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ocean

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Published: 01 May 2016
Figure 8. Bonnie Monteleone, Plastic Ocean: In Honor of Captain Charles Moore, from the What Goes Around Comes Around collection, 2011, trash. Copyright Bonnie Monteleone. Reproduced with Permission. Figure 8. Bonnie Monteleone, Plastic Ocean: In Honor of Captain Charles Moore, from the More
Journal Article
Environmental Humanities (1 May 2013) 2 (1): 57–77.
Published: 01 May 2013
... on the natural history of the oceans, which helped establish her as a talented and trustworthy translator of scientific concepts into literary prose. This essay builds upon that idea, showing how Carson's The Sea Around Us (1951) and The Edge of the Sea (1955) not only shaped public understandings of...
Journal Article
Environmental Humanities (1 November 2016) 8 (2): 196–214.
Published: 01 November 2016
... sophisticated echolocation “clicks,” and that harness the ocean’s complex acoustic waveguide to detect signals thousands of miles away. Other scholars have touched on the navy’s legacy in cetology (whale science), but none have made it their object of study. Our article places this relationship at the center of...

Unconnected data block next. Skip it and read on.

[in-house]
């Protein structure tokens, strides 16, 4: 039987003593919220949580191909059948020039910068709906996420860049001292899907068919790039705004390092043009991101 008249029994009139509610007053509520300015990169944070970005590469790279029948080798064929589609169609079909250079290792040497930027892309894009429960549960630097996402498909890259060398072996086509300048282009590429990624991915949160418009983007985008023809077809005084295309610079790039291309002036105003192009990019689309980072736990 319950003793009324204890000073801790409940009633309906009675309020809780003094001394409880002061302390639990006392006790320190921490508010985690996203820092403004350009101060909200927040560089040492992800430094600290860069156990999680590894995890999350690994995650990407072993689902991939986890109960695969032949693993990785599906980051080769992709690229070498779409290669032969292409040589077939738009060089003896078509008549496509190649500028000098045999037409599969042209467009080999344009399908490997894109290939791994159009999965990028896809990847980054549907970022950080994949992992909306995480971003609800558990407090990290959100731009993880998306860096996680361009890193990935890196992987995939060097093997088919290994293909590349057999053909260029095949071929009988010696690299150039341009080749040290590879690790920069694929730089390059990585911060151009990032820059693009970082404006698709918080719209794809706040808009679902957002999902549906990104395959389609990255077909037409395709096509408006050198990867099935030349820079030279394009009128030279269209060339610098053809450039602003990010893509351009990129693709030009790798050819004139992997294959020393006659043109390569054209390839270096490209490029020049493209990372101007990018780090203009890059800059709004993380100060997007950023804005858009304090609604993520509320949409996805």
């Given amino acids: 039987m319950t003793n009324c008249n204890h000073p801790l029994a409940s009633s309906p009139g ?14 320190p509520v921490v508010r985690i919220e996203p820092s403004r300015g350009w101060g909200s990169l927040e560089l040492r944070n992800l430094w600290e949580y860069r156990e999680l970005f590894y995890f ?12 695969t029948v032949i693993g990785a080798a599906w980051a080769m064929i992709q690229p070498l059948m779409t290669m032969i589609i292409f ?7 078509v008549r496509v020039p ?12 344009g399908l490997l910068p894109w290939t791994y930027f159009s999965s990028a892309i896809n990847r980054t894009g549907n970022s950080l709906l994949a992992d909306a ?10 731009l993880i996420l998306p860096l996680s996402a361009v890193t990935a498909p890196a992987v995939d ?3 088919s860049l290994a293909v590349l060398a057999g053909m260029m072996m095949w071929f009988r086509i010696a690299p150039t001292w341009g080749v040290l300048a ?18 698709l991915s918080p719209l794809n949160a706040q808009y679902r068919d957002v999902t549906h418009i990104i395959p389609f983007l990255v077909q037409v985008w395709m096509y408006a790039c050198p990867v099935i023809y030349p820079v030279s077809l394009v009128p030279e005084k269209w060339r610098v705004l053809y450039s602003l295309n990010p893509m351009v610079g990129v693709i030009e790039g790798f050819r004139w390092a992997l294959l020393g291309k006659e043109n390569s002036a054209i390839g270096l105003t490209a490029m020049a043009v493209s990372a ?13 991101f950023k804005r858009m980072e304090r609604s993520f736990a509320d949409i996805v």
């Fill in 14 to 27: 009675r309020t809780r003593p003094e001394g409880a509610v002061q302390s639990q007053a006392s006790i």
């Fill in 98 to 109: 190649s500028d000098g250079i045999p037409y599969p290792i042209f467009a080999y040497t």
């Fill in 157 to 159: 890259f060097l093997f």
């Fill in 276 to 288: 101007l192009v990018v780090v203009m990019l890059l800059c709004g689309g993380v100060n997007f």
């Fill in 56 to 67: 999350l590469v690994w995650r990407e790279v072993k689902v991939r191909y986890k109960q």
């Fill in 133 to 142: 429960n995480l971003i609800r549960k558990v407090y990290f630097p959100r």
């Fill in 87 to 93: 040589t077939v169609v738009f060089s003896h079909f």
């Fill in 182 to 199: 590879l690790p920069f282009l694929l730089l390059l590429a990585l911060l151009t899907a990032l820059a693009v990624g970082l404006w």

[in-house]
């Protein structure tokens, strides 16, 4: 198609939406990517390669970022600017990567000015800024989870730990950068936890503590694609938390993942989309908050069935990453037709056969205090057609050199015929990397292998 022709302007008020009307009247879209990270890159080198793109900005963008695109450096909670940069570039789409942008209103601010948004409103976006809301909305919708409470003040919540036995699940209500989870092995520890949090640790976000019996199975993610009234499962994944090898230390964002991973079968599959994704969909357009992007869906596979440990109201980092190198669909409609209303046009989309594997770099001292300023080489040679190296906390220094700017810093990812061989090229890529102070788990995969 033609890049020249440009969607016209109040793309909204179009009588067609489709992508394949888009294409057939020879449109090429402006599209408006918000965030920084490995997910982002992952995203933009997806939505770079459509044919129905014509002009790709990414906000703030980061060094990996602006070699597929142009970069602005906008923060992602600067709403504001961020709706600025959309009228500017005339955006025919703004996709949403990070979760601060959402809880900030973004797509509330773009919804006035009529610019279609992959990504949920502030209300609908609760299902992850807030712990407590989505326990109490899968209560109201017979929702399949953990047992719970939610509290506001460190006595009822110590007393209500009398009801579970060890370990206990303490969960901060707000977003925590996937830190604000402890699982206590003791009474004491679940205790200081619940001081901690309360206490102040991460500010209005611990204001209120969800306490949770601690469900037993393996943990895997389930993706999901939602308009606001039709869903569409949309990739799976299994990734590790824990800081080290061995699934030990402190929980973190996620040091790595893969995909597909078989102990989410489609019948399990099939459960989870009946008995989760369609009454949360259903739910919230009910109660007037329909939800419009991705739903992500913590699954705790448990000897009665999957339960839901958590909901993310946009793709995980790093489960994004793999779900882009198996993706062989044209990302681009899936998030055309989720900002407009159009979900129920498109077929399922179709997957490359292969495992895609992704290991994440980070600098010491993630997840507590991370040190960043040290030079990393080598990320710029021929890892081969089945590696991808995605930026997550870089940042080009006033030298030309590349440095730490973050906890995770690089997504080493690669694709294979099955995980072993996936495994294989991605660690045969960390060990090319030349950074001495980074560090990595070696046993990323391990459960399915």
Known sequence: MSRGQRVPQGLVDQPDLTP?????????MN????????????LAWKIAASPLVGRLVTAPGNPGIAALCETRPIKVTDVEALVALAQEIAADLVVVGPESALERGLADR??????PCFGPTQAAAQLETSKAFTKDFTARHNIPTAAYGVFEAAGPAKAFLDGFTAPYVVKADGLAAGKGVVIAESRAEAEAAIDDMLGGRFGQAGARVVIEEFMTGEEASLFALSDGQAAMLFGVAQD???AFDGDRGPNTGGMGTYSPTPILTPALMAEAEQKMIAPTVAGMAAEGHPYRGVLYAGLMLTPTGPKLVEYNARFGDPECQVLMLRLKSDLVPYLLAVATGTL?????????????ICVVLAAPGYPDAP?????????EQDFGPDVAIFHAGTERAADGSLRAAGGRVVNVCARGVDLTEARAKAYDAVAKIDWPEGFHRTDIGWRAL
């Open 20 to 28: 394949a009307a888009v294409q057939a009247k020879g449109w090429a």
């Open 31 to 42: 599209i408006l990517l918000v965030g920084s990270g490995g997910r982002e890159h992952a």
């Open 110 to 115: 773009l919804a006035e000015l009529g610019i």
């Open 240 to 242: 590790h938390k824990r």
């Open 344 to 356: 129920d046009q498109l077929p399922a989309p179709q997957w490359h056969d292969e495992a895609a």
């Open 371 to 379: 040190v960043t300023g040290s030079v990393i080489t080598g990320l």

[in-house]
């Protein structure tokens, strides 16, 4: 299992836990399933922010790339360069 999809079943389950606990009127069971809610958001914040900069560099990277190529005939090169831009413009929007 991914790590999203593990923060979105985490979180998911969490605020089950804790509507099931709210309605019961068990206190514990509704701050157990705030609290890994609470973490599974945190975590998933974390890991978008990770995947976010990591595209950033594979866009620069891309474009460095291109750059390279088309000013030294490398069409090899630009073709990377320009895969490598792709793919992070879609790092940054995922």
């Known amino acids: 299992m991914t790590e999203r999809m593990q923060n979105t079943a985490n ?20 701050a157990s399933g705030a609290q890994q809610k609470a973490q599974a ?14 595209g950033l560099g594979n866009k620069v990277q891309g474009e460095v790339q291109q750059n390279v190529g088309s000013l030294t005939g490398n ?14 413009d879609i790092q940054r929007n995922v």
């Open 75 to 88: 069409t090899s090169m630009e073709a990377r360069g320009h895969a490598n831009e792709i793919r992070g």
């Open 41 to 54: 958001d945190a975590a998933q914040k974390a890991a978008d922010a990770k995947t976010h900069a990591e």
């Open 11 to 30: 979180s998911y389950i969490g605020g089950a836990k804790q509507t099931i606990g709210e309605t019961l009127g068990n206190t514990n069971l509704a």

Journal Article
Environmental Humanities (1 May 2016) 7 (1): 169–190.
Published: 01 May 2016
...Alexander R. D. Zahara; Myra J. Hird Abstract As capitalism's unintended, and often unacknowledged, fallout, humans have developed sophisticated technologies to squirrel away our discards: waste is buried, burned, gasified, thrown into the ocean, and otherwise kept out-of-sight and out-of-mind...
Image
Published: 01 May 2016
Figure 7. Chris Jordan, Gyre, 2009. Depicts 2.4 million pieces of plastic, equal to the estimated number of pounds of plastic pollution that enter the world's oceans every hour. All of the plastic in this image was collected from the Pacific Ocean. Copyright Chris Jordan. Reproduced with More
Journal Article